But as a miner, I wouldn't be affected, because I'd be part of that >51% pool. It's only as a developer, who writes the code that determines the rules of the mining game, and as a user, who wants my transactions to be uncensorable, that I think that this system is unsafe and undesirable.
[doublepost=1559700383][/doublepost]
It was Chris Pacia. @jtoomim was the guy that claimed 1MB of data could not cross the great firewall of China in less that 17.4 seconds.
This is also not true. I merely noted that in 2016, the BU developers measured the *average* transfer time across the GFW at 17.4 sec for a 0.95 MB block. That's the average speed, not the maximum possible. They would cross faster than that sometimes, and they would cross slower than that sometimes. I've also noted repeatedly that this issue can be completely solved by switching to UDP with forward error correction, but it is not easy to solve by spending more money on servers since the issue is congestion in the China Unicom and China Telecom international traffic exchanges. For a more complete description of the underlying problem, I suggest reading this post:


That said, I know that you don't care about these kinds of details, and are going to continue to misquote me every chance you get, because you're more interested in feeling righteous than you are in the technical truth. Whatever, so be it.
 

Windowly

Active Member
Dec 10, 2015
157
385
I have to agree with Jimmy here.


I am rather shocked there is no company of Nchain or Coingeek or Squire calibre working on BCH development. I would have thought with all the rhetoric there would be.
 

Norway

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Sep 29, 2015
2,424
6,410
This is also not true. I merely noted that in 2016, the BU developers measured the *average* transfer time across the GFW at 17.4 sec for a 0.95 MB block.
No. You're a liar. I'm not going to dig up the links. 1 idiot can ask more questions than 10 wise men can answer.

We are not waiting for you, @jtoomim. And more important: We are not asking for your permission. Technocrats like you don't have a future in bitcoin. Bye bye, Jonathan! Good luck with your investments!
[doublepost=1559702676,1559701546][/doublepost]
I've also noted repeatedly that this issue can be completely solved by switching to UDP with forward error correction, but it is not easy to solve by spending more money on servers since the issue is congestion in the China Unicom and China Telecom international traffic exchanges. For a more complete description of the underlying problem, I suggest reading this post:
Ah, I can't help it. I'll take the bait.

Let's make this simple. The total data traffic crossing the GFC is huge and fast. But a single consumer connection may be limited.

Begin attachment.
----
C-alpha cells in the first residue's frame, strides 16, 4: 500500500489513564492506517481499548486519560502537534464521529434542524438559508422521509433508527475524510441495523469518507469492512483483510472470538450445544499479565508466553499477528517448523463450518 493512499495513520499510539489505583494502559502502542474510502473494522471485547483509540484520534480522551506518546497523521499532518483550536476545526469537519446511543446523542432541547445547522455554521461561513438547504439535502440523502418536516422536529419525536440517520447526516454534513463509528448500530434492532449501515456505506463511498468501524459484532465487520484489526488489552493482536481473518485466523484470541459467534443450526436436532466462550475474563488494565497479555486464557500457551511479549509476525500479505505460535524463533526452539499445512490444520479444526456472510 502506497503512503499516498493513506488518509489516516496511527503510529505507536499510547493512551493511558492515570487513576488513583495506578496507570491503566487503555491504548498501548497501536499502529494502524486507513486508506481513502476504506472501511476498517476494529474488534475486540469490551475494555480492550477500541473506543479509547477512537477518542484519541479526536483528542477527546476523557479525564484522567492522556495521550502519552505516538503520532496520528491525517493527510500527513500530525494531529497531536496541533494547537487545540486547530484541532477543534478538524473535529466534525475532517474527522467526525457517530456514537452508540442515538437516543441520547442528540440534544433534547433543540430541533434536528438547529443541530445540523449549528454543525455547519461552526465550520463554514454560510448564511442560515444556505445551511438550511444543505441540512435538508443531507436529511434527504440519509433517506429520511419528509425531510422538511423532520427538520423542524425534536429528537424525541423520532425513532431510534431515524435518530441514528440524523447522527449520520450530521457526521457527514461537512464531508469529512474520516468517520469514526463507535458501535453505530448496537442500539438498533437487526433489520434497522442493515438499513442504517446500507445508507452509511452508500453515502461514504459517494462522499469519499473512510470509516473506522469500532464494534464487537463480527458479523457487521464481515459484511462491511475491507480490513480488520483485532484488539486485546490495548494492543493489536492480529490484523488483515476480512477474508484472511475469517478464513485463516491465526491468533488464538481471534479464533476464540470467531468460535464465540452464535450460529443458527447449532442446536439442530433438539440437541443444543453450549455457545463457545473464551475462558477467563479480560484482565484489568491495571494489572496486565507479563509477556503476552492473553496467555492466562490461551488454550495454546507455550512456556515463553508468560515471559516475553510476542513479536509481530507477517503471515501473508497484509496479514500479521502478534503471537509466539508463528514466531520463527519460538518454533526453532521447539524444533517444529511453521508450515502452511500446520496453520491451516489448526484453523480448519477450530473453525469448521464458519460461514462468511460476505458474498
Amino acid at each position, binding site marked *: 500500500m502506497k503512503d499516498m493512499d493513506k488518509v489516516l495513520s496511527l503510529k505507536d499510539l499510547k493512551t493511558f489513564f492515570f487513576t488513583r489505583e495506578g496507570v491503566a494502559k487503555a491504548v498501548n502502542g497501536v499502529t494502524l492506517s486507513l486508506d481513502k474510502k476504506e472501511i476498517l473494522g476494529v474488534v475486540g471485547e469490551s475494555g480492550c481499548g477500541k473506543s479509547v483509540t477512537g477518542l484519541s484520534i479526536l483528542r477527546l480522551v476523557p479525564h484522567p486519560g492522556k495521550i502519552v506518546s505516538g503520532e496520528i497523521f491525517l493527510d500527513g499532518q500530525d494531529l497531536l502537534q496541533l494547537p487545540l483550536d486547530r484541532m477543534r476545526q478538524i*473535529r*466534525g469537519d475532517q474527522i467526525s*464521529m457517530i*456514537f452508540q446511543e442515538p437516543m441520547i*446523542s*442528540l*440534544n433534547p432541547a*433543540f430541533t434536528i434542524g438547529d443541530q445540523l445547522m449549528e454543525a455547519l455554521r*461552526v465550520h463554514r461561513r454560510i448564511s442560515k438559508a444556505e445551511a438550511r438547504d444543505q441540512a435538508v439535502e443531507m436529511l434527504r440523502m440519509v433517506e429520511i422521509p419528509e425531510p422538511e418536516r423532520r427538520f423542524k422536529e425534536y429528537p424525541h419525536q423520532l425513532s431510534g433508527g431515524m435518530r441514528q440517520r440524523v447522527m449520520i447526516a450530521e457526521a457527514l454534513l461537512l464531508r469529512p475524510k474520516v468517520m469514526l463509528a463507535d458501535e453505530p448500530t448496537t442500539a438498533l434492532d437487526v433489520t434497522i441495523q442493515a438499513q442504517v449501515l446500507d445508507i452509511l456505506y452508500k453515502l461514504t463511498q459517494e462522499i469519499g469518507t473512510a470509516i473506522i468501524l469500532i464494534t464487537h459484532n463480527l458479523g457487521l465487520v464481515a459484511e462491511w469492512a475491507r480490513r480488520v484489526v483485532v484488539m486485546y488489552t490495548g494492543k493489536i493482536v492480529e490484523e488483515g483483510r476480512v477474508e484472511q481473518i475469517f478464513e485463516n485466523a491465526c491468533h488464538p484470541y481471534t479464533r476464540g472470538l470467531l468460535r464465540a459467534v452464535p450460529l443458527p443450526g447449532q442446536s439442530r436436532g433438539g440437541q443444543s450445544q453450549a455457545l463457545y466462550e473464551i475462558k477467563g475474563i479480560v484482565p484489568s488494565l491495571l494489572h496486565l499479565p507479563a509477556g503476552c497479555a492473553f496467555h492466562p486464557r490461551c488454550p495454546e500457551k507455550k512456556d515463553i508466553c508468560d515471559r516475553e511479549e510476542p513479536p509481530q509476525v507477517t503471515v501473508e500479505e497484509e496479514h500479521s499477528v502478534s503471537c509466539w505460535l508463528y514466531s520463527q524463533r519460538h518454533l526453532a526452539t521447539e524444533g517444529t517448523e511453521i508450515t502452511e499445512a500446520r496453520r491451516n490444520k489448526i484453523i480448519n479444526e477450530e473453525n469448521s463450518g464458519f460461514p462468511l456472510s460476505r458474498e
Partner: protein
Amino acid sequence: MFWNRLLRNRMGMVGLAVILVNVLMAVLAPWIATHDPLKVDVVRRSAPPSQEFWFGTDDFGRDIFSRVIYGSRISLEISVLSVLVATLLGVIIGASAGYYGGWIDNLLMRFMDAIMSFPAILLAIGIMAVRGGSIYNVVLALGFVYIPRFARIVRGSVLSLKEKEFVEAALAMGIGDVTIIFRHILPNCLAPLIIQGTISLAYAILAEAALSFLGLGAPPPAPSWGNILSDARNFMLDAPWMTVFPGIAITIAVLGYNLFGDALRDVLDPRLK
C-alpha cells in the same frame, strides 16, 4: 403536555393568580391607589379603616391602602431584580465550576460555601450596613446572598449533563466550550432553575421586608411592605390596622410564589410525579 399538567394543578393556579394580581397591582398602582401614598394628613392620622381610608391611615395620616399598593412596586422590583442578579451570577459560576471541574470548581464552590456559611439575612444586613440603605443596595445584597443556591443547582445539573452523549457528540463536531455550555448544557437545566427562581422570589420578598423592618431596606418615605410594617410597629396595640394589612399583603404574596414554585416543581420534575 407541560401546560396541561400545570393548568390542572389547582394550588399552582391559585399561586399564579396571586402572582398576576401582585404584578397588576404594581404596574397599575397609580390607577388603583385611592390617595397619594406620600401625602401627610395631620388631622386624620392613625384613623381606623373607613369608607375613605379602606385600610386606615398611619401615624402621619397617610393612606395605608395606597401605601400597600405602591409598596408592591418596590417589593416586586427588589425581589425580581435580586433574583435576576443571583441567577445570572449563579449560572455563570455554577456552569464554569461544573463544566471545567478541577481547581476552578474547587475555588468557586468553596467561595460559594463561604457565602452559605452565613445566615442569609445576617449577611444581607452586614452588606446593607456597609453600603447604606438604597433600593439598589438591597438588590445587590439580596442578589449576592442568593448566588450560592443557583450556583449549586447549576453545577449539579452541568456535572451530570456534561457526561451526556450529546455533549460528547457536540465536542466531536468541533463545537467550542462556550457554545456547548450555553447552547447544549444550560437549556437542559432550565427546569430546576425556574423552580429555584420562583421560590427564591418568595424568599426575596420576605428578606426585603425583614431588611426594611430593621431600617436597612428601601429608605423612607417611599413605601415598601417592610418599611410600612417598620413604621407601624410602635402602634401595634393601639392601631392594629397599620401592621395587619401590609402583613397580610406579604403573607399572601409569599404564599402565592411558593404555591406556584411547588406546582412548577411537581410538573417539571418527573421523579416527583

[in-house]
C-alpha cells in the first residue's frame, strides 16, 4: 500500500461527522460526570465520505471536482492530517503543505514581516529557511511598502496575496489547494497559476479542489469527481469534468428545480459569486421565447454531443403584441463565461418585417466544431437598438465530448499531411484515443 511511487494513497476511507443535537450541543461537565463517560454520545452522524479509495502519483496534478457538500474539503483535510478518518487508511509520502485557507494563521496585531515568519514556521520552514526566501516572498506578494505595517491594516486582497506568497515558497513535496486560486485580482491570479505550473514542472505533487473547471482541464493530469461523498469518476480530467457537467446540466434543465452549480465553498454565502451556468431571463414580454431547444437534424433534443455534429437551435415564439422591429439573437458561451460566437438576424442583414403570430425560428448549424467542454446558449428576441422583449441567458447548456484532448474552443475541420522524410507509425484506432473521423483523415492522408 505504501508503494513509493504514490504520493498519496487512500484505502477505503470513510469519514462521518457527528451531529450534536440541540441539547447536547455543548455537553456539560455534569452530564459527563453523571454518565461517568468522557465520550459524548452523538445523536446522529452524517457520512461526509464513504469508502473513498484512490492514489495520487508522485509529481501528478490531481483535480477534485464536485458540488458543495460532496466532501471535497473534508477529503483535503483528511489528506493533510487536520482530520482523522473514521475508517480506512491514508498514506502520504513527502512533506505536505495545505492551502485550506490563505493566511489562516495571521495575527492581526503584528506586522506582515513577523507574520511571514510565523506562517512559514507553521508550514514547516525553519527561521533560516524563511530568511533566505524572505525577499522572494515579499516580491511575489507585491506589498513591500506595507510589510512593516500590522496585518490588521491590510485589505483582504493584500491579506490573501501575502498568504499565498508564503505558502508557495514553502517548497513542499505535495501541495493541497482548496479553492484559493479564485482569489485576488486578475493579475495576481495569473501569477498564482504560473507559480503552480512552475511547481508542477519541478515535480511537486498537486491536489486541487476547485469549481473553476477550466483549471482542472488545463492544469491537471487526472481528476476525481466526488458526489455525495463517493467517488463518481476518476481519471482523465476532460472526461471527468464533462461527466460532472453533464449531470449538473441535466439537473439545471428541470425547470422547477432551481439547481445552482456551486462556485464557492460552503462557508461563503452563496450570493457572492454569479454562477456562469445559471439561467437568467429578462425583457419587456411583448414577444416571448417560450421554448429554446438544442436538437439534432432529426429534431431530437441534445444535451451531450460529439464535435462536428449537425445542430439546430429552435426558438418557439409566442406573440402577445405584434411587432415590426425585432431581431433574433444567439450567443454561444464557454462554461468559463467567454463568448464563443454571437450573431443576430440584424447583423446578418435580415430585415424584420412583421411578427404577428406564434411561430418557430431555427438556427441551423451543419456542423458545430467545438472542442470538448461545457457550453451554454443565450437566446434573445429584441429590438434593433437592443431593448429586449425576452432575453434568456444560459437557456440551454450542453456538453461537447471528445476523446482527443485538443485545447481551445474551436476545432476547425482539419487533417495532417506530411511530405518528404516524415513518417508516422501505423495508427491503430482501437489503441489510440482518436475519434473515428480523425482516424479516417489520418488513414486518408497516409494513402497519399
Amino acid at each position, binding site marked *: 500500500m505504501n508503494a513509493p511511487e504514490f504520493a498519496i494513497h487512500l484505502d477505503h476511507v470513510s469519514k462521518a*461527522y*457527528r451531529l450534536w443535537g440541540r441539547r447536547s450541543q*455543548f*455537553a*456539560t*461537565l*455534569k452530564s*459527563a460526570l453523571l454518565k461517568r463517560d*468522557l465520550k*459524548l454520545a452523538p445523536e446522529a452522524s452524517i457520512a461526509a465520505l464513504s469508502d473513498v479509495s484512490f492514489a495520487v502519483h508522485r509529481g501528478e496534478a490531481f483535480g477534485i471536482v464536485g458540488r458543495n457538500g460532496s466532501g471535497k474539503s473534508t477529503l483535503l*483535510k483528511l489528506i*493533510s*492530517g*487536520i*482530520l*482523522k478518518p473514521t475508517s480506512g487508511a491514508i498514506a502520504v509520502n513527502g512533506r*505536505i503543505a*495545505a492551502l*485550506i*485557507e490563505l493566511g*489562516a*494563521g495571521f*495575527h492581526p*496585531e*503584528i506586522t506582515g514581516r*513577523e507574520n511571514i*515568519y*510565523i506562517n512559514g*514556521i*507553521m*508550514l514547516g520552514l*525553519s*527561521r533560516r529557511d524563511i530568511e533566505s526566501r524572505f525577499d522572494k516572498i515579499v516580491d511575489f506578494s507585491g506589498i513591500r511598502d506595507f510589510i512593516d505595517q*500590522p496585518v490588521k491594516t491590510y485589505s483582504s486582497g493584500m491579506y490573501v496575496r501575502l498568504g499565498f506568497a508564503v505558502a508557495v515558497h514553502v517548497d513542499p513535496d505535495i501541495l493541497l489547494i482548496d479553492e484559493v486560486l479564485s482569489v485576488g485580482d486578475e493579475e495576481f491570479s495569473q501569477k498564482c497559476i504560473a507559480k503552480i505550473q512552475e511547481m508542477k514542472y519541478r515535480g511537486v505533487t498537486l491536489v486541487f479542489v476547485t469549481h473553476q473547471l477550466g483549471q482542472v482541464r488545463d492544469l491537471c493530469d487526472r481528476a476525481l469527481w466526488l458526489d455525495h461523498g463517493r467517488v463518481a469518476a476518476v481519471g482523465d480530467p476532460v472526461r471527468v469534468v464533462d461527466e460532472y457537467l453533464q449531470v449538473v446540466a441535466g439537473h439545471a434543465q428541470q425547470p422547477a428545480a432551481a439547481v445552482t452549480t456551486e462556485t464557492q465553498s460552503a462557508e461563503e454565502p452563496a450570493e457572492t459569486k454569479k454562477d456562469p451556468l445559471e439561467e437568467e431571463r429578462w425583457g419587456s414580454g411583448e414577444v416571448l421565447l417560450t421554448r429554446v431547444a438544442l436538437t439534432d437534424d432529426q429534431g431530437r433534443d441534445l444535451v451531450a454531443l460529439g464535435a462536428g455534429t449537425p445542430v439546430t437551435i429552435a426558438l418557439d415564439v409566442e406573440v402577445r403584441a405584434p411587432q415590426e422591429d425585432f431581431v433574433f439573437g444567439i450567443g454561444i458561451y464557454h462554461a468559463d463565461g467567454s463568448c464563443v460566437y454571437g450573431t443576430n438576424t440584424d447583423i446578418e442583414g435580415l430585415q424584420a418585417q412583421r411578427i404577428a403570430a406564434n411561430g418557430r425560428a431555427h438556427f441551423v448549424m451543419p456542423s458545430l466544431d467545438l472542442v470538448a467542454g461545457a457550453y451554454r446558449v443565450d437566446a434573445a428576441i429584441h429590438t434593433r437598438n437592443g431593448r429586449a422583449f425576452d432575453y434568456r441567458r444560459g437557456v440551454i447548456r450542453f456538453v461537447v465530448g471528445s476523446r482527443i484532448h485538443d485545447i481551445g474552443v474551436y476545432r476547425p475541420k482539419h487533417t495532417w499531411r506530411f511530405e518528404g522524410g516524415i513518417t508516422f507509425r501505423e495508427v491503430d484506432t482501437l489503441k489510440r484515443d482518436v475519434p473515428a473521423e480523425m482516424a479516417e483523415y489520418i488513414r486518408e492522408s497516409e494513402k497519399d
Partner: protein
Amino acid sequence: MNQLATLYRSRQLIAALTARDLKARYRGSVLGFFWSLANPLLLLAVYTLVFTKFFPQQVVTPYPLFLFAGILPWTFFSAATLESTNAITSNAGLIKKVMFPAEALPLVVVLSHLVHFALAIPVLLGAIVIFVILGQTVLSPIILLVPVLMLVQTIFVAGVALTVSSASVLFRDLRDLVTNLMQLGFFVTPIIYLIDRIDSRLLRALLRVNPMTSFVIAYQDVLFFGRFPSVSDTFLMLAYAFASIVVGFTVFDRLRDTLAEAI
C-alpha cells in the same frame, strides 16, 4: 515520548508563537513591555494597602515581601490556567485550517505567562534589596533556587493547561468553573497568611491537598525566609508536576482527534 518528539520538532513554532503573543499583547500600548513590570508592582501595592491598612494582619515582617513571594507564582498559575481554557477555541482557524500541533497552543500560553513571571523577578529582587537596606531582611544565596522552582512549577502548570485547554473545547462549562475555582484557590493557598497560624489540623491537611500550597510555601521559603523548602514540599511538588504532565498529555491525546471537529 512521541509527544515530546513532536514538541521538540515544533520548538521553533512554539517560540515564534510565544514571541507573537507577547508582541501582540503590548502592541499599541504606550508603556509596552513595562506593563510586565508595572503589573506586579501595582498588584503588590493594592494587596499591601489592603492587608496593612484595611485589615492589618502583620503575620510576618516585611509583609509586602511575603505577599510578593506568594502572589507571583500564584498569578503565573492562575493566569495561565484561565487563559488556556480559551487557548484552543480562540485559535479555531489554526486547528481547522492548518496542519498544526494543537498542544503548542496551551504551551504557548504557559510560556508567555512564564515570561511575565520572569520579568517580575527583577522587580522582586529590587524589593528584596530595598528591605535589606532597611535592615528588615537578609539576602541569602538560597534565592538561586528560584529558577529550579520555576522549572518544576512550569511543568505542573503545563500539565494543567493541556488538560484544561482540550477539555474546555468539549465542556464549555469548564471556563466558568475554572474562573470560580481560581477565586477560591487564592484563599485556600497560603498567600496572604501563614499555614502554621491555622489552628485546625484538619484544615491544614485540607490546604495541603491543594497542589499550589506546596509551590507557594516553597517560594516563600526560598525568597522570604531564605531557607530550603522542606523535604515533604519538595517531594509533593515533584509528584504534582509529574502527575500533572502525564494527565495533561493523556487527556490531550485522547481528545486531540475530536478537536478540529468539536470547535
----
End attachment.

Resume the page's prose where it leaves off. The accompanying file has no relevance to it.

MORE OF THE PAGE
What happens when a professional miner use multiple consumer connections to send and receive data?

 

jtoomim

Active Member
Jan 2, 2016
130
253
> What happens when a professional miner use multiple consumer connections to send and receive data?

Yes, that's exactly what Blocktorrent is designed to do.

Here's the reason why this task is tricky to do right. In Bitcoin, you need to be careful that your peers can't DoS you. If they send you invalid data, you need to be able to identify who sent you the invalid data and disconnect them.

If you download different parts of a block from different peers, and if one of them changes a single transaction from the full block, then you'll only notice when you finish downloading the block and find out that the merkle root doesn't match the header. So what do you do? You'd like to ban the peer who tricked you that way and re-download the chunk in question, but the problem is that you have no idea who it was that sent you the invalid chunk. So you have to re-download the whole thing. And the next time you download it, you might get a different error, or you might get the same error. This can go on and on, especially if there's a sybil attack in progress at the same time. (Which there would be if it's profitable, and in this case it would be profitable.)

The traditional solution to this problem was to get the complete block from a single source. If multiple sources are used, then they are downloaded as full (but compressed) blocks in parallel in the hope that one peer might be faster than the others, with each download after the first just adding redundancy.

The solution I proposed in 2015 was to include in each chunk of data enough information on the internal nodes of the merkle tree so that the merkle root can be calculated. This makes each chunk independently verifiable, and allows errors in transmission or malfeasance to be detected from a single packet and isolated. This allows for work to be split across multiple connections effectively, with the work on each connection contributing to a shared goal, without losing accountability for each peer.

If you think that your professional miners are competent enough to implement this algorithm without bugs, more power to them. Point them to this post:

https://lists.linuxfoundation.org/pipermail/bitcoin-dev/2015-September/011176.html

I'd be happy to answer any questions they have.
[doublepost=1559705230][/doublepost]> But a single consumer connection may be limited.

That's why I recommended not using connections. UDP is not connection based, it's packet based. If 5% of your packets get lost, then you send 110% of the packets you'd minimally need to transmit the block, and ensure that the extra 10% contain redundancy data that can be used to reconstruct the 5% that are missing. It's a much better solution than your multiplexing idea, as it completely skips the extra round trips needed for retransmits, and eliminates the TCP congestion control problem entirely.